Court Rejects Excessive Fee Claims Following Trial On Mutual Fund 'Manager Of Managers' Theory

Author:Mr John Donovan, Robert A. Skinner and Amy D. Roy
Profession:Ropes & Gray LLP
 
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On August 25, a federal court in the District of New Jersey issued a much-anticipated decision, finding after a lengthy trial that shareholder plaintiffs failed to prove claims that AXA entities had charged excessive mutual fund management fees in violation of Section 36(b) of the 1940 Act. In the first case to proceed to trial since the U.S. Supreme Court established the legal standard for these claims in its landmark 2010 decision in Jones v. Harris Associates L.P., the New Jersey trial court held in the defendants' favor on all claims relating to twelve mutual funds operating in a “manager of managers” structure. The plaintiffs' central theory of liability - mirrored in several other pending cases across the industry - is that AXA improperly retained a significant portion of the management fees despite delegating virtually all of the management responsibilities to external sub-advisers. Based on review of extensive documents and testimony, Judge Peter G. Sheridan rejected the premise of this theory, finding that there was ample evidence that AXA retained responsibility for a range of management services and bore significant risks in its role as fund sponsor and adviser.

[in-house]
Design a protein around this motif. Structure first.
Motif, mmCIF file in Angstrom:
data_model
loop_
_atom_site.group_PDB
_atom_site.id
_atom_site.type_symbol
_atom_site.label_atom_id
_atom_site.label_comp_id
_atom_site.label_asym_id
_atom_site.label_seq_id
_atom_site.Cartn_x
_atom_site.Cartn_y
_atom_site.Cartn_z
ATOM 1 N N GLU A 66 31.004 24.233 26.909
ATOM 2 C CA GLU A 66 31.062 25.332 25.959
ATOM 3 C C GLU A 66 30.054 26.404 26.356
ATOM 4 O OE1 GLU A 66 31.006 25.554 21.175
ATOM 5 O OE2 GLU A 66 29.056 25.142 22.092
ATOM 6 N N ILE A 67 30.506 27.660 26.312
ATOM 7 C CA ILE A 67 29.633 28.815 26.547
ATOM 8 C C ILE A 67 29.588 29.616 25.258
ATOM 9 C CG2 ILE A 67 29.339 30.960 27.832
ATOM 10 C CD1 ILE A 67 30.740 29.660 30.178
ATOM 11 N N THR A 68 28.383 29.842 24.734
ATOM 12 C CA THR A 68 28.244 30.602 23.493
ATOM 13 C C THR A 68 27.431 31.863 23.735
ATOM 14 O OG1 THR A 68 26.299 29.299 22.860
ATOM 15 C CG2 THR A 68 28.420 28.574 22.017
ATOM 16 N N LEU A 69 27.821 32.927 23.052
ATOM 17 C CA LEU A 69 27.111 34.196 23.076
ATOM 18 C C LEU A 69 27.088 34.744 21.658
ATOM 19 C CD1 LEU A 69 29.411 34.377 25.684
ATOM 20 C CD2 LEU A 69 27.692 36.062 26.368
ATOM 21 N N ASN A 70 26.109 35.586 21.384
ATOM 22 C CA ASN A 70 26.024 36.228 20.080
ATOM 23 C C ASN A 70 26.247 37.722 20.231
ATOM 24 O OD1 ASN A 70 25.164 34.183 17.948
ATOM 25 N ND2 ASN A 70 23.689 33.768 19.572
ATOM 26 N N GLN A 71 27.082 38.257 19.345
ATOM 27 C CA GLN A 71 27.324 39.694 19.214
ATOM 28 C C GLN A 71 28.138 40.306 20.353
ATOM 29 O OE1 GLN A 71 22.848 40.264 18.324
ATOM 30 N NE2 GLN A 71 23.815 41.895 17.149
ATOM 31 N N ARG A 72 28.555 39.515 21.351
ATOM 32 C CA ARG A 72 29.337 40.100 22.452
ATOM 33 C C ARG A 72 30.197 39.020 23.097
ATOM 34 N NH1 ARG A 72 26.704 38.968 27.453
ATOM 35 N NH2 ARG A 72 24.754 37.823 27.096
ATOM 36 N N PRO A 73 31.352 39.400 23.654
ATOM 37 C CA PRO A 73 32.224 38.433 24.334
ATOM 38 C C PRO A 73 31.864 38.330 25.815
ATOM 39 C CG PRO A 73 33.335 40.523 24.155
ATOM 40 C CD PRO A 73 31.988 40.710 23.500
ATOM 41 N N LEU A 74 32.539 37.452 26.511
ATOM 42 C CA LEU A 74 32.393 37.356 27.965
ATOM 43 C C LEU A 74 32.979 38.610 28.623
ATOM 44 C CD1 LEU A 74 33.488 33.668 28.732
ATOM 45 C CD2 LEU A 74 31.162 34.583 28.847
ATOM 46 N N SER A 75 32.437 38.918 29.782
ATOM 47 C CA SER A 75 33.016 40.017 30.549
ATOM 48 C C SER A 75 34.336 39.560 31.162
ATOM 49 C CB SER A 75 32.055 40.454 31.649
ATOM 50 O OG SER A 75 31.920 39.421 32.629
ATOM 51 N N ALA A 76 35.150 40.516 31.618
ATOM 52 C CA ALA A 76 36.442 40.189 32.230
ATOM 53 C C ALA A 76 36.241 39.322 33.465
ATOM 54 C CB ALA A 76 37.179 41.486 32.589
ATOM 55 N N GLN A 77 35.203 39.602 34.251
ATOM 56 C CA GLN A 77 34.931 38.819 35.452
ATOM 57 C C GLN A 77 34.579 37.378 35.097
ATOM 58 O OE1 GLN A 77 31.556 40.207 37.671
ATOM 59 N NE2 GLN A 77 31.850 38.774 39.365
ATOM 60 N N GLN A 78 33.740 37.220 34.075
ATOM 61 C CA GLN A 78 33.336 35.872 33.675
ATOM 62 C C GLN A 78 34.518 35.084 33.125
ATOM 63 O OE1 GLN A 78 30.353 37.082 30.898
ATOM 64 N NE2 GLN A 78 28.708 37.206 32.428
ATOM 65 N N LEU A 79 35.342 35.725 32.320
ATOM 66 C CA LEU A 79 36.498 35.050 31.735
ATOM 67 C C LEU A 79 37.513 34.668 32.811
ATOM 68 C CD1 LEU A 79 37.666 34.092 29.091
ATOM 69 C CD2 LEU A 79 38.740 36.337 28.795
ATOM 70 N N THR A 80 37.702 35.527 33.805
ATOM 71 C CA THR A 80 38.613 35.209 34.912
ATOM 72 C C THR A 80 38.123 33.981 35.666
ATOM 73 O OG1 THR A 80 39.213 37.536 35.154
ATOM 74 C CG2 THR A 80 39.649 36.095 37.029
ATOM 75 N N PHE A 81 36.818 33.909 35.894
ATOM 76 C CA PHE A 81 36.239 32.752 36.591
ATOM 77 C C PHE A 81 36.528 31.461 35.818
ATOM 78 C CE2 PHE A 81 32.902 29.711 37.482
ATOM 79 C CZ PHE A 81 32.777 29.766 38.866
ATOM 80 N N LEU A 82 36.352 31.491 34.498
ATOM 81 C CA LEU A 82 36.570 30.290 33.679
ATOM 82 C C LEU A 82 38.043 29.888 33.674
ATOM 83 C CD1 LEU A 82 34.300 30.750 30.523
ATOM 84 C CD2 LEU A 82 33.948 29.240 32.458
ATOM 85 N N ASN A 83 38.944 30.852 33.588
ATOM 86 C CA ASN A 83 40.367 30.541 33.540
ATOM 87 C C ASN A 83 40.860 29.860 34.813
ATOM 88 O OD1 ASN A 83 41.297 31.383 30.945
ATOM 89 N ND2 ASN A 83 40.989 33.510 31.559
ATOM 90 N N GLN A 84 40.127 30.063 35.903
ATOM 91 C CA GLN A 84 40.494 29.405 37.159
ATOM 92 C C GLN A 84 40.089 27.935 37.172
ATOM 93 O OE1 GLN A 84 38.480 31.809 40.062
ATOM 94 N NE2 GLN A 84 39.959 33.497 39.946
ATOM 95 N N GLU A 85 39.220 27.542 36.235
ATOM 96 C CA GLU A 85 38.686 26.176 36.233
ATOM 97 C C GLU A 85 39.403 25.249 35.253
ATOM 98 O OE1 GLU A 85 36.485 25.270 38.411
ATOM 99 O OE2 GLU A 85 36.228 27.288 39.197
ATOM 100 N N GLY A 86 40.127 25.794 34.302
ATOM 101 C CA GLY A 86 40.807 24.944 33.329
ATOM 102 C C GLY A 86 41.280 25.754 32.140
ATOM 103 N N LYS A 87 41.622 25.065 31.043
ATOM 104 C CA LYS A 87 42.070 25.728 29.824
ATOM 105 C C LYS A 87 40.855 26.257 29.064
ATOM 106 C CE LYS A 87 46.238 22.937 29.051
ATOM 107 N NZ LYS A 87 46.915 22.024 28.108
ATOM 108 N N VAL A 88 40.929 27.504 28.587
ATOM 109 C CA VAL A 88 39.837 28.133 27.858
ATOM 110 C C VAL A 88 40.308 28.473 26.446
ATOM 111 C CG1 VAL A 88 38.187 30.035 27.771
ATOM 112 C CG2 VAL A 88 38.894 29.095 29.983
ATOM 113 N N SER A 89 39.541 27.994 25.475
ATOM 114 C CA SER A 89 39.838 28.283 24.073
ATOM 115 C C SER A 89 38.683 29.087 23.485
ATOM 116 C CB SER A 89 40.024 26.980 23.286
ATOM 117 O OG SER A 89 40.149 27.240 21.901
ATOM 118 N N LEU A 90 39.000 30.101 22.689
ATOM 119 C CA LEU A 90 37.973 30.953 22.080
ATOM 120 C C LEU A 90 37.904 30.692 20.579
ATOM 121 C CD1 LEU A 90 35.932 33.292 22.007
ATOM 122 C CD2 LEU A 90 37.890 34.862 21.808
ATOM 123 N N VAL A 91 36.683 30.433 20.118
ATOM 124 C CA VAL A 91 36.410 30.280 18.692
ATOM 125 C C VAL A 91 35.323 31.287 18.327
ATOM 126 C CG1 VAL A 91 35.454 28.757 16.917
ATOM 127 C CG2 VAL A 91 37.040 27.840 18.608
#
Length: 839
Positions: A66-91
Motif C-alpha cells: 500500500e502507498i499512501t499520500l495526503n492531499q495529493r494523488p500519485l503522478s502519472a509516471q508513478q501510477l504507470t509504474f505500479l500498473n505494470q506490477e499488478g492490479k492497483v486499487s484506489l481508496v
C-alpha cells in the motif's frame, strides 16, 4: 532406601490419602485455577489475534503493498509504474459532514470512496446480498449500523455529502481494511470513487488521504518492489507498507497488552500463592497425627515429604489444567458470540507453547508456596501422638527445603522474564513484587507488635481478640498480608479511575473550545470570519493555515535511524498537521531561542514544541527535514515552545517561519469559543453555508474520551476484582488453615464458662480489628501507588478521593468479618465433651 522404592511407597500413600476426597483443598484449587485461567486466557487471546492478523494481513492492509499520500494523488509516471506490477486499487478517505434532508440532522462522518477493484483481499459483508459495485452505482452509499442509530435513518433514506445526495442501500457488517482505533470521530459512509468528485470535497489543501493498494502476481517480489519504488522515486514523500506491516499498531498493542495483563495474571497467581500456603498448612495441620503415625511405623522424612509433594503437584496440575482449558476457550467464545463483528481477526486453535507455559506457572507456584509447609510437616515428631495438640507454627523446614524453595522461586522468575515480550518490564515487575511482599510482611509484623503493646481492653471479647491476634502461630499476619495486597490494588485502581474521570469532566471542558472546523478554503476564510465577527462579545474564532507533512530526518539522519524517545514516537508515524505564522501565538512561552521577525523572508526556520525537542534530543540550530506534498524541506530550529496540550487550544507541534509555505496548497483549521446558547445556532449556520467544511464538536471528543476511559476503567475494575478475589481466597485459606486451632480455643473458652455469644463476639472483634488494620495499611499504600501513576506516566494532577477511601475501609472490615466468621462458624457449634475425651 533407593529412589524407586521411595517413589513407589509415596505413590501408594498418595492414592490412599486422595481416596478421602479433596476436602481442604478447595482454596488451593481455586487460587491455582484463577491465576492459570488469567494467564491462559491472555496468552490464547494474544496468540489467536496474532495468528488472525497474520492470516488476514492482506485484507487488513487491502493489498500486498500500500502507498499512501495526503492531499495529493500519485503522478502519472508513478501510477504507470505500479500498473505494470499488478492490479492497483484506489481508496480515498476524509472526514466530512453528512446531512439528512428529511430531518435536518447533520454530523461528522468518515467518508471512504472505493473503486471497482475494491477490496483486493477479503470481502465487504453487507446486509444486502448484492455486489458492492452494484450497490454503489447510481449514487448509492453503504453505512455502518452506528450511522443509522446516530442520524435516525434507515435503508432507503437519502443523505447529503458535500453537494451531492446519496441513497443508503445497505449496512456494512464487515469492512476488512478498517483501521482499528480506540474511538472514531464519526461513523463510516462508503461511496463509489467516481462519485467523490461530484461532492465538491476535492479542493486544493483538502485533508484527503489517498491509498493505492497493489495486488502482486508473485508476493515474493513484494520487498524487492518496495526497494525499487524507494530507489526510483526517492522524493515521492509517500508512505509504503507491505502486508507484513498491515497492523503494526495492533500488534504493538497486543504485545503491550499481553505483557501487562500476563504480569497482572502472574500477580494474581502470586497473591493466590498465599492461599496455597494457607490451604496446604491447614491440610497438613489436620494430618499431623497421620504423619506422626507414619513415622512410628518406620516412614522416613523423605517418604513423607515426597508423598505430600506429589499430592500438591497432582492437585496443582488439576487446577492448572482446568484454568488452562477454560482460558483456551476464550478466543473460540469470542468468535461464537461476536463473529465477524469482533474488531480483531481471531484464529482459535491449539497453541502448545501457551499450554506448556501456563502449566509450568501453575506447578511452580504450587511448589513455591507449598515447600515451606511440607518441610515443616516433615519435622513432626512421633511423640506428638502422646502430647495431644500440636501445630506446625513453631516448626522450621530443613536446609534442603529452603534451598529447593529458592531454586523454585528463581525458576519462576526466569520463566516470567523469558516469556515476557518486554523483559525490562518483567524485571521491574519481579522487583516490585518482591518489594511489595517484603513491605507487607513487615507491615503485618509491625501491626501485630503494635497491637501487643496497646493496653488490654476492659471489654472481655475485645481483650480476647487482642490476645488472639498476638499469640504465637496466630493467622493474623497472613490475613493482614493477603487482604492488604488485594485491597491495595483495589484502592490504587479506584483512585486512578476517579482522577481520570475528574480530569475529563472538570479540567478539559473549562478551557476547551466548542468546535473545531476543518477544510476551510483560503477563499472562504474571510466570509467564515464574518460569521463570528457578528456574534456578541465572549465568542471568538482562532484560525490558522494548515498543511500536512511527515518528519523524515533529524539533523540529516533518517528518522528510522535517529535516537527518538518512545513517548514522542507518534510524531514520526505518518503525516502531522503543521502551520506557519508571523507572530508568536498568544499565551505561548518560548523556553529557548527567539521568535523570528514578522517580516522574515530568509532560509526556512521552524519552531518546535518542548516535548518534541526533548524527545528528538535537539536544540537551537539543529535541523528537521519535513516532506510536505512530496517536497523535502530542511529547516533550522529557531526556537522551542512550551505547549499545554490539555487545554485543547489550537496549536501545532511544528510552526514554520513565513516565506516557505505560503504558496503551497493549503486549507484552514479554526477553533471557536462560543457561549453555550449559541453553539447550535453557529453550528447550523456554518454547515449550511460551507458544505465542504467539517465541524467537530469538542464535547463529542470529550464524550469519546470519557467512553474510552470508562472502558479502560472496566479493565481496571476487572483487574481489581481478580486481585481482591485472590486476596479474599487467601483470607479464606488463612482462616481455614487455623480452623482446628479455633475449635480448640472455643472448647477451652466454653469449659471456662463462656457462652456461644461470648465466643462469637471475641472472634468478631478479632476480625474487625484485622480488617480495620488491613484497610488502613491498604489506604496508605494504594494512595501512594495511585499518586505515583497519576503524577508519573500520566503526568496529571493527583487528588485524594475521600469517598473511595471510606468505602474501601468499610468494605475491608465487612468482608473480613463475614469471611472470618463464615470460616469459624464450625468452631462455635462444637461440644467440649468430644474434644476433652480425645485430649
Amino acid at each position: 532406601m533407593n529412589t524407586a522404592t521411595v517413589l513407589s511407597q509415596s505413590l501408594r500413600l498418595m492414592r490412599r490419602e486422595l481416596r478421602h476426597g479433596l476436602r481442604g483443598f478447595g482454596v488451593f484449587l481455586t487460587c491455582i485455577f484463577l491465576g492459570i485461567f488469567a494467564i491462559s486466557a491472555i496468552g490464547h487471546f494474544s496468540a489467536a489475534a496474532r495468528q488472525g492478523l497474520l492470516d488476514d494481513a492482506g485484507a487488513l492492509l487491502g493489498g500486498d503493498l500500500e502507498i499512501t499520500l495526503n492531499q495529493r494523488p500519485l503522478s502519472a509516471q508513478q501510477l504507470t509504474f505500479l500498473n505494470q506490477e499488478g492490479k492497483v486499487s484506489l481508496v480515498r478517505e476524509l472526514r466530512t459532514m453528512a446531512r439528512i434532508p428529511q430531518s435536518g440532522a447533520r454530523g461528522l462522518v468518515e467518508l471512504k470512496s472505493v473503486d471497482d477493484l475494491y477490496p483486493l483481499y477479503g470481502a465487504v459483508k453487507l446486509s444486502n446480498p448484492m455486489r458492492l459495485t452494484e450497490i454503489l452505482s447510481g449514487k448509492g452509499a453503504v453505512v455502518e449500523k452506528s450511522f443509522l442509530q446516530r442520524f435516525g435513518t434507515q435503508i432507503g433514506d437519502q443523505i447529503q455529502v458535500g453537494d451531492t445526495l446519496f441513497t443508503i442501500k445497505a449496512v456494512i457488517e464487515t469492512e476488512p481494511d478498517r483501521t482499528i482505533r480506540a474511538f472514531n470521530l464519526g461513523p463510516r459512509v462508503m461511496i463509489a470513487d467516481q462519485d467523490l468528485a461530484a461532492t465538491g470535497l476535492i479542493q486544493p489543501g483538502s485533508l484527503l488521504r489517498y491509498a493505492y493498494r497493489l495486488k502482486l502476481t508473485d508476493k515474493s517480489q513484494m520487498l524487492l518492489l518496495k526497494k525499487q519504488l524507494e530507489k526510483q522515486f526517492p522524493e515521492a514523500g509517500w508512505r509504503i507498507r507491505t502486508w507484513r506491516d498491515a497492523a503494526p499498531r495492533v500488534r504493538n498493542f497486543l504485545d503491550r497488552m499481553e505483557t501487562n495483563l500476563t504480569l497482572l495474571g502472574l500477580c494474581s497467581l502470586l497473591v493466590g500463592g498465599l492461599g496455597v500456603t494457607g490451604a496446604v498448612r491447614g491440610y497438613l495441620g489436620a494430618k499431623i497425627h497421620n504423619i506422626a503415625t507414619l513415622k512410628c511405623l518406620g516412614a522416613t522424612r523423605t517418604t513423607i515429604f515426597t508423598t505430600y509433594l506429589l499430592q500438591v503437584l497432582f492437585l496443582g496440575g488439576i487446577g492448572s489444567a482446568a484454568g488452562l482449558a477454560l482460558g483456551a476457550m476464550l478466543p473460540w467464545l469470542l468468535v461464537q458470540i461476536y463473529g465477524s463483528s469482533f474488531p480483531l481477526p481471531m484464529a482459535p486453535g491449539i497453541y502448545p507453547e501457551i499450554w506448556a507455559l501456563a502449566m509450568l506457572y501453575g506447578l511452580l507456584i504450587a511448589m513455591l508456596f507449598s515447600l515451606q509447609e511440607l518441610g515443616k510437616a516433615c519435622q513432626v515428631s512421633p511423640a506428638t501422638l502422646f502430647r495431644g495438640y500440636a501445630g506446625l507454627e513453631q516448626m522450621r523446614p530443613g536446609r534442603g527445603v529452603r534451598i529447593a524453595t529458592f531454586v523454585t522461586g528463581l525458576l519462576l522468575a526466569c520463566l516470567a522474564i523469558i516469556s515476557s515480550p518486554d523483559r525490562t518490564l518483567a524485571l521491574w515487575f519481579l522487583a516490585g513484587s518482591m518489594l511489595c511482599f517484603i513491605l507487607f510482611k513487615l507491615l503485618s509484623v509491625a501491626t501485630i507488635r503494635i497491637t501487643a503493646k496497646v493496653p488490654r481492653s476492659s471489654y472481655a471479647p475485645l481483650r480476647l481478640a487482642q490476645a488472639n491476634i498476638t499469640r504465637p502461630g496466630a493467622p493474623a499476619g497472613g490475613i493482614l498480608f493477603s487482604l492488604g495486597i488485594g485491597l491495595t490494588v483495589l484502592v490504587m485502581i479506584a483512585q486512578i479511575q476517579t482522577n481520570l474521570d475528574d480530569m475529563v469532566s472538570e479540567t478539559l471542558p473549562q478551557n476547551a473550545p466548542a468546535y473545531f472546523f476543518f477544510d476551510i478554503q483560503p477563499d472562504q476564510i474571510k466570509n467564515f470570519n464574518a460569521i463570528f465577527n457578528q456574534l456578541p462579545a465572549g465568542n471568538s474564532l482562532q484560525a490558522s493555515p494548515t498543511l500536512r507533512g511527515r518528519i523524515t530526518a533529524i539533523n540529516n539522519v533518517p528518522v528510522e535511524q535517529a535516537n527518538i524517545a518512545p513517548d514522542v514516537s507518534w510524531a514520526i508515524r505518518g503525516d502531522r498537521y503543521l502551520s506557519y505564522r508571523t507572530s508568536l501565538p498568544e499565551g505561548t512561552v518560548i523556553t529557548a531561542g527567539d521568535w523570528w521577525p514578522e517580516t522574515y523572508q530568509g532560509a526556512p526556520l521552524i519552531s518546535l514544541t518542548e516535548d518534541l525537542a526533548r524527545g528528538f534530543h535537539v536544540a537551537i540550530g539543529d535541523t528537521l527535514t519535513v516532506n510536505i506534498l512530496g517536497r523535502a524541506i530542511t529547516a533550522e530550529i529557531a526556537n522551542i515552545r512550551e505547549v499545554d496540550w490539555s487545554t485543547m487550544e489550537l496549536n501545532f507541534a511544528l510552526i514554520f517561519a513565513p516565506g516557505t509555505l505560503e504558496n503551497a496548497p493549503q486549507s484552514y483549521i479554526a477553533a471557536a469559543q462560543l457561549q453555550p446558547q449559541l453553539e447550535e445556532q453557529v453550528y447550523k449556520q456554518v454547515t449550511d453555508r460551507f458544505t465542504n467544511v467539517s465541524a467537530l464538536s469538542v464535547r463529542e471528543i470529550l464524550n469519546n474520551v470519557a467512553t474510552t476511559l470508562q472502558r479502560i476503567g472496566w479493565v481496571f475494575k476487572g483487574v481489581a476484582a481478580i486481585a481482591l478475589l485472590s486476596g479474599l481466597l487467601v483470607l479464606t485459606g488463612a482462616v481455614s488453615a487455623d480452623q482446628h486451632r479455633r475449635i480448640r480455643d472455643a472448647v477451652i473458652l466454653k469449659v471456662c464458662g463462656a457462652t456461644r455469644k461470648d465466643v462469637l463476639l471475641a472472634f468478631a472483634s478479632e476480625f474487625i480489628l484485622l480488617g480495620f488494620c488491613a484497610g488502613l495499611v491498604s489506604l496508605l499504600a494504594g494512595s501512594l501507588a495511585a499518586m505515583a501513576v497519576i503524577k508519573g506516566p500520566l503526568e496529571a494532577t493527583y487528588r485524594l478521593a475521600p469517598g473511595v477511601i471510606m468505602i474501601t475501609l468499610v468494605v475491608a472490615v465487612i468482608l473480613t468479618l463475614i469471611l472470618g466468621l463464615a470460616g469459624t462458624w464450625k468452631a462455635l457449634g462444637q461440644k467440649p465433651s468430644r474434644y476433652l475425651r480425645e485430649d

The case of Sivolella v. AXA Equitable Life Insurance Co., originally filed in 2011, was one of the earliest of the current wave of more than two dozen Section 36(b) cases filed since Jones. The funds at issue in the case all serve as investment vehicles underlying variable annuity products offered by AXA. The defendants initially moved to dismiss the claims, arguing that the plaintiffs did not have standing under Section 36(b) as “security holders” of the funds since they do not own the fund shares directly - but only owned units in the variable annuity separate accounts that, in turn, owned the funds. Judge Sheridan denied this motion in 2012, and the parties proceeded to discovery. After completion of discovery in 2014, AXA moved for summary judgment. The court denied this motion in 2015, ruling orally from the bench that there were disputed issues of fact regarding the respective services provided by the adviser and sub-advisers (among other issues) that required a trial. A 25-day bench trial before Judge Sheridan commenced on January 11, 2016, culminating in closing arguments on June 1.

Judge Sheridan's August 25 opinion spans over 150 pages, and is closely focused on the competing evidence offered by the parties at trial under theGartenberg factors - the...

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